Totally meaningful lists and stuff

Science magazine, ‘inspired’ by Neil Hall’s (borderline?) offensive ‘Kardashian-index’ paper (which has been torn apart by far better people than me, so I’ll just direct you here), has just published a list of ‘The Top 50 Science Stars of Twitter’. Their methods seem strangely flawed for what is considered one of the most prestigious scientific outlets in the world, but perhaps that’s due to their inspiration (Hall’s methods included what I hope to become the norm in all scientific studies from now on: “I had intended to collect more data but it took a long time and I therefore decided 40 would be enough to make a point. Please don’t take this as representative of my normal research rigor.”). They compiled a list of the 50 most followed scientists on the social media platform (how they narrowed down Twitter’s 271 million monthly users to scientists is not yet known, but presumably was far more rigorous than ‘we sat at a table and tried to name some sciencers until we got bored’) and their academic citation counts, then calculated their K-index, stuck them all in a list, and drew some pretty spurious conclusions.

I think my favourite is the following, which also starts with a weird clause that doesn’t really make any sense if you stop to actually think about it:

“Although the index is named for a woman, Science’s survey highlights the poor representation of female scientists on Twitter, which Hall hinted at in his commentary.”

True, the list has more men than women. However, this doesn’t mean female scientists are poorly represented on Twitter. Maybe more people follow male scientists, or you guys mostly thought of male scientists to look up on Twitter (hard to tell from those methods). There could be a load of reasons for either of these things to happen, none of them really all that good. The only conclusion that can be drawn is ‘Science’s survey highlights the poor representation of female scientists in Science’s survey’.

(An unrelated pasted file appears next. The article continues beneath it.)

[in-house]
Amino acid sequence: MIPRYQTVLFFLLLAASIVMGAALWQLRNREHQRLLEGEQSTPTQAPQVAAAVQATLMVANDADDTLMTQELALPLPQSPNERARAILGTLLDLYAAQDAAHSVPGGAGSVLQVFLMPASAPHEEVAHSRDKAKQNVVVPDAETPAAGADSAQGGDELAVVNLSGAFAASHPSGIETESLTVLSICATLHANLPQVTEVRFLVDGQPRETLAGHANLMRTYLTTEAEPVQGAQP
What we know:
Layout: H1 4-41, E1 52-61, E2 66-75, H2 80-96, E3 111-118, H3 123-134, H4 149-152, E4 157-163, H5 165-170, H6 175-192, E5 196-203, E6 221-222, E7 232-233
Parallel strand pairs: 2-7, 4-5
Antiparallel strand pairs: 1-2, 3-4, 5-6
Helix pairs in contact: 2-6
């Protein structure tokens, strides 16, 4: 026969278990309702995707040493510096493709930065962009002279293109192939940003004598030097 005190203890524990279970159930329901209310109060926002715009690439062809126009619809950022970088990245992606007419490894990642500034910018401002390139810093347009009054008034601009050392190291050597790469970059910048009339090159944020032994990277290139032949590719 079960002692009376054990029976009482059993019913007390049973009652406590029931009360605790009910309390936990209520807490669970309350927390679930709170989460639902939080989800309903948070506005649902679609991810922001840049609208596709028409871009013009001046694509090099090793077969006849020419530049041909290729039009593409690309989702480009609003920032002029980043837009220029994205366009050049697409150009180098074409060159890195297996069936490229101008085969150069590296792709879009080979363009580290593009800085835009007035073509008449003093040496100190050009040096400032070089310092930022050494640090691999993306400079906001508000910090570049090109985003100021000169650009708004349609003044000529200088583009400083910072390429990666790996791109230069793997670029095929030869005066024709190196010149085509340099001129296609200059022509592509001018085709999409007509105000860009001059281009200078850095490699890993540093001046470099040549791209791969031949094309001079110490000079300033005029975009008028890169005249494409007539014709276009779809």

Also, some of the people in the list barely ever tweet: Jerry Coyne (#30) famously hates Twitter (evident to anyone who visits his blog, OH GOD SORRY I MEAN WEBSITE), and Tim Berners-Lee (#9) – while arguably reeeeeeasonably important to the internets in general – has posted a grand total of 542 tweets, which is approximately 1/30th as much as a squirrel has. Anyone who decides to build their Twitter base around this list is likely to be a little disappointed by the results. Of course, this isn’t to denigrate the efforts of people on the list who use social media regularly and engage with people (and when I say ‘engage’ I don’t mean this), such as Karen James or Michael Eisen.

Anyway, I was going to make my own list of ‘Top 50 Scientists on Twitter’, but then I realised that (a) that would also be weirdly flawed, (b) it would take ages, and (c) shut up. Instead I did something else.

Top Animals, based on the AA-index (‘Animal Awesomeness’)

1. Otter (27.3)
2. Axolotl (26.7)
3. Worm (23.9)
4. Gold dust day gecko (19.7)
5. Crab (17)
6. Elephant shrew (15)
7. Bird (12.3)
8. Dragon (9.7)
9. Lantern bug (8.66666666667)
10. Frog?

As you can see, despite the otter taking top spot, mammals are underrepresented in the list. However, given the small number of mammal species relative to insects (for example), perhaps they are actually overrepresented. Maek u think?

Send me your lists of things! I’ll make a list of your lists. MAYBE.

Finally, here are some interesting scientists to follow on Twitter, in no particular order and without really thinking very hard about it or saying anything about them other than they are engaging and informative and funny, which I feel are better reasons to follow people than ‘well, loads of other people are following them’.

Katie Hinde: irrepressible badass

Dr. Wrasse: bowtie dreamboat


Tom Houslay: 😉

Sith Lotus: EXACTLY

Katie MacKinnon: monkeys? monkeys

John Hawks: bones

Michael Eisen: Twitter handle always makes me think about Streetfighter 2

Mike Kasumovic: beard

PS please don’t consider this post as representative of my normal blogging rigour

Update: I have received numerous complaints about the veracity of my own lists. Let me assure you that they are not just inaccurate and hastily-compiled clickbait – but, if you think they are, please feel free to leave a comment and maybe tweet about it a bit? THAT’S RIGHT. YOU KNOW YOU WANT TO.


5 thoughts on “Totally meaningful lists and stuff”

  1. I have two complaints about your list. 1) Gold dust day gecko should clearly be higher, and 2) there are not nearly enough insects. Do you have an ANTI-INSECT BIAS!?!

    1. Hi MPD – I’m afraid I had to have a cut-off somewhere, and insects filled the majority of positions 11-925,011 (with the exception of fox at #72). I hope this allays your fears.

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